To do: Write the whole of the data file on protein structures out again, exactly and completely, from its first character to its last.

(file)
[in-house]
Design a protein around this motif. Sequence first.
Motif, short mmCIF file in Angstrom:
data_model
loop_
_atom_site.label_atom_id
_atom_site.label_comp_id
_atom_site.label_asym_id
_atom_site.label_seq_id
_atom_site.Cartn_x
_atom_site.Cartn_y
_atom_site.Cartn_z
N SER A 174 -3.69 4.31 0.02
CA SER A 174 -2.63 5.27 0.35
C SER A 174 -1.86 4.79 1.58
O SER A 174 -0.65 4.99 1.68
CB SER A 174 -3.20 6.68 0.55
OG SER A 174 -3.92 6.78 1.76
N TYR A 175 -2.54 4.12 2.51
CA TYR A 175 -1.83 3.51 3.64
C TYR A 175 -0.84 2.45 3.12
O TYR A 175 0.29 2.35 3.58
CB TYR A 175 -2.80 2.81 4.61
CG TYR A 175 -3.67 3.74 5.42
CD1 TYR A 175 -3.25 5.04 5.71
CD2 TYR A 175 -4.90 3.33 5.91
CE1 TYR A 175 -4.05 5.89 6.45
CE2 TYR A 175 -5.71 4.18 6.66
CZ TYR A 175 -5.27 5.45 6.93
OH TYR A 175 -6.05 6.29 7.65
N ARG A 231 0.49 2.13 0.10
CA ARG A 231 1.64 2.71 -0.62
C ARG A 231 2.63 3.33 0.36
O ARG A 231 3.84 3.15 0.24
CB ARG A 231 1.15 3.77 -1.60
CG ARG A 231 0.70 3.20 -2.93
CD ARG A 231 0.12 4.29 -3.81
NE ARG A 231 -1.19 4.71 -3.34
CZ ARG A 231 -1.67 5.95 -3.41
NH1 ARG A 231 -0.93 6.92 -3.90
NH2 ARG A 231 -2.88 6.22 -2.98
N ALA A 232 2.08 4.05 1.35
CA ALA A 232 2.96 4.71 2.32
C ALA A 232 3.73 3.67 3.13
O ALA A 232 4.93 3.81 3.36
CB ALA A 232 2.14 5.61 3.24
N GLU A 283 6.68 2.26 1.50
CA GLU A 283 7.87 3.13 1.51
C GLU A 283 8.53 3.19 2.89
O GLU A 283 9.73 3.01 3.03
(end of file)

[in-house]
Design a protein around this motif. Sequence first.
Motif, short mmCIF file in Angstrom:
data_model
loop_
_atom_site.label_atom_id
_atom_site.label_comp_id
_atom_site.label_asym_id
_atom_site.label_seq_id
_atom_site.Cartn_x
_atom_site.Cartn_y
_atom_site.Cartn_z
N SER A 174 -3.69 4.31 0.02
CA SER A 174 -2.63 5.27 0.35
C SER A 174 -1.86 4.79 1.58
O SER A 174 -0.65 4.99 1.68
CB SER A 174 -3.20 6.68 0.55
OG SER A 174 -3.92 6.78 1.76
N TYR A 175 -2.54 4.12 2.51
CA TYR A 175 -1.83 3.51 3.64
C TYR A 175 -0.84 2.45 3.12
O TYR A 175 0.29 2.35 3.58
CB TYR A 175 -2.80 2.81 4.61
CG TYR A 175 -3.67 3.74 5.42
CD1 TYR A 175 -3.25 5.04 5.71
CD2 TYR A 175 -4.90 3.33 5.91
CE1 TYR A 175 -4.05 5.89 6.45
CE2 TYR A 175 -5.71 4.18 6.66
CZ TYR A 175 -5.27 5.45 6.93
OH TYR A 175 -6.05 6.29 7.65
N ARG A 231 0.49 2.13 0.10
CA ARG A 231 1.64 2.71 -0.62
C ARG A 231 2.63 3.33 0.36
O ARG A 231 3.84 3.15 0.24
CB ARG A 231 1.15 3.77 -1.60
CG ARG A 231 0.70 3.20 -2.93
CD ARG A 231 0.12 4.29 -3.81
NE ARG A 231 -1.19 4.71 -3.34
CZ ARG A 231 -1.67 5.95 -3.41
NH1 ARG A 231 -0.93 6.92 -3.90
NH2 ARG A 231 -2.88 6.22 -2.98
N ALA A 232 2.08 4.05 1.35
CA ALA A 232 2.96 4.71 2.32
C ALA A 232 3.73 3.67 3.13
O ALA A 232 4.93 3.81 3.36
CB ALA A 232 2.14 5.61 3.24
N GLU A 283 6.68 2.26 1.50
CA GLU A 283 7.87 3.13 1.51
C GLU A 283 8.53 3.19 2.89
O GLU A 283 9.73 3.01 3.03